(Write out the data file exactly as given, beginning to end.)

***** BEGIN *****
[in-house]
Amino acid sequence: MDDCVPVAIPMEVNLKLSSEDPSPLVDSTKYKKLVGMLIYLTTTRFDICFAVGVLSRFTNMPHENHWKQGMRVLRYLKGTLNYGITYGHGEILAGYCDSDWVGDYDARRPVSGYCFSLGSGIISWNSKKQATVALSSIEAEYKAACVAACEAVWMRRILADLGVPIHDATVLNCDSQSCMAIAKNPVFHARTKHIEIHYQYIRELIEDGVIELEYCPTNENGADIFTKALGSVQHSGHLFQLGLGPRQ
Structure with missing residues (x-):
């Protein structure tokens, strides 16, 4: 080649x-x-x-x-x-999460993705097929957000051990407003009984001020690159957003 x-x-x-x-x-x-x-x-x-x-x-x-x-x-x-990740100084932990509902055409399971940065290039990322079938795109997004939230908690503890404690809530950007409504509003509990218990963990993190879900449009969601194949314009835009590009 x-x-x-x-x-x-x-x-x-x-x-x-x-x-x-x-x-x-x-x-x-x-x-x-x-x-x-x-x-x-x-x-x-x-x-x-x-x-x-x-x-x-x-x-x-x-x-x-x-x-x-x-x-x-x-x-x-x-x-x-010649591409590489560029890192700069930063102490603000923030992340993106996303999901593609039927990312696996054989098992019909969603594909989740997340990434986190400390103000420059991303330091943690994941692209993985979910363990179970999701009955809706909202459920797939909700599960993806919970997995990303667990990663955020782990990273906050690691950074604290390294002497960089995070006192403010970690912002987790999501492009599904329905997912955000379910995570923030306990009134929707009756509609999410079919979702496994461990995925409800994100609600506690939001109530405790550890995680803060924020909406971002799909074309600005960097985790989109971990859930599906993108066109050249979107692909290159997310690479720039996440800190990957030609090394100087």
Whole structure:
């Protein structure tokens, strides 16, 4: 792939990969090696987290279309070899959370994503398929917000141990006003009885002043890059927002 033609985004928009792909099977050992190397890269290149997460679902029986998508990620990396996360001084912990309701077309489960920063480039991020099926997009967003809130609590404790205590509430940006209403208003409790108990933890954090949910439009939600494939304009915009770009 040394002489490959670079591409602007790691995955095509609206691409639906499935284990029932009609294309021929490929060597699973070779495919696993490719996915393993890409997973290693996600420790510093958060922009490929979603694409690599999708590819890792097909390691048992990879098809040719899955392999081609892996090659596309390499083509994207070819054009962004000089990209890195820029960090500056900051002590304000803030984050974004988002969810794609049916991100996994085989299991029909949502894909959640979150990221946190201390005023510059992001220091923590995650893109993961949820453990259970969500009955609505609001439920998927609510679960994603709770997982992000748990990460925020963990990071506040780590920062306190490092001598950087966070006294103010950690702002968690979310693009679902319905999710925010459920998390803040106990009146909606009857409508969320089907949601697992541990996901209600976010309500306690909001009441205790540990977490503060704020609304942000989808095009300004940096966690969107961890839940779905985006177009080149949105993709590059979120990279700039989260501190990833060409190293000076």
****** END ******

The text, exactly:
[in-house]
Amino acid sequence: MDDCVPVAIPMEVNLKLSSEDPSPLVDSTKYKKLVGMLIYLTTTRFDICFAVGVLSRFTNMPHENHWKQGMRVLRYLKGTLNYGITYGHGEILAGYCDSDWVGDYDARRPVSGYCFSLGSGIISWNSKKQATVALSSIEAEYKAACVAACEAVWMRRILADLGVPIHDATVLNCDSQSCMAIAKNPVFHARTKHIEIHYQYIRELIEDGVIELEYCPTNENGADIFTKALGSVQHSGHLFQLGLGPRQ
Structure with missing residues (x-):
């Protein structure tokens, strides 16, 4: 080649x-x-x-x-x-999460993705097929957000051990407003009984001020690159957003 x-x-x-x-x-x-x-x-x-x-x-x-x-x-x-990740100084932990509902055409399971940065290039990322079938795109997004939230908690503890404690809530950007409504509003509990218990963990993190879900449009969601194949314009835009590009 x-x-x-x-x-x-x-x-x-x-x-x-x-x-x-x-x-x-x-x-x-x-x-x-x-x-x-x-x-x-x-x-x-x-x-x-x-x-x-x-x-x-x-x-x-x-x-x-x-x-x-x-x-x-x-x-x-x-x-x-010649591409590489560029890192700069930063102490603000923030992340993106996303999901593609039927990312696996054989098992019909969603594909989740997340990434986190400390103000420059991303330091943690994941692209993985979910363990179970999701009955809706909202459920797939909700599960993806919970997995990303667990990663955020782990990273906050690691950074604290390294002497960089995070006192403010970690912002987790999501492009599904329905997912955000379910995570923030306990009134929707009756509609999410079919979702496994461990995925409800994100609600506690939001109530405790550890995680803060924020909406971002799909074309600005960097985790989109971990859930599906993108066109050249979107692909290159997310690479720039996440800190990957030609090394100087």
Whole structure:
């Protein structure tokens, strides 16, 4: 792939990969090696987290279309070899959370994503398929917000141990006003009885002043890059927002 033609985004928009792909099977050992190397890269290149997460679902029986998508990620990396996360001084912990309701077309489960920063480039991020099926997009967003809130609590404790205590509430940006209403208003409790108990933890954090949910439009939600494939304009915009770009 040394002489490959670079591409602007790691995955095509609206691409639906499935284990029932009609294309021929490929060597699973070779495919696993490719996915393993890409997973290693996600420790510093958060922009490929979603694409690599999708590819890792097909390691048992990879098809040719899955392999081609892996090659596309390499083509994207070819054009962004000089990209890195820029960090500056900051002590304000803030984050974004988002969810794609049916991100996994085989299991029909949502894909959640979150990221946190201390005023510059992001220091923590995650893109993961949820453990259970969500009955609505609001439920998927609510679960994603709770997982992000748990990460925020963990990071506040780590920062306190490092001598950087966070006294103010950690702002968690979310693009679902319905999710925010459920998390803040106990009146909606009857409508969320089907949601697992541990996901209600976010309500306690909001009441205790540990977490503060704020609304942000989808095009300004940096966690969107961890839940779905985006177009080149949105993709590059979120990279700039989260501190990833060409190293000076």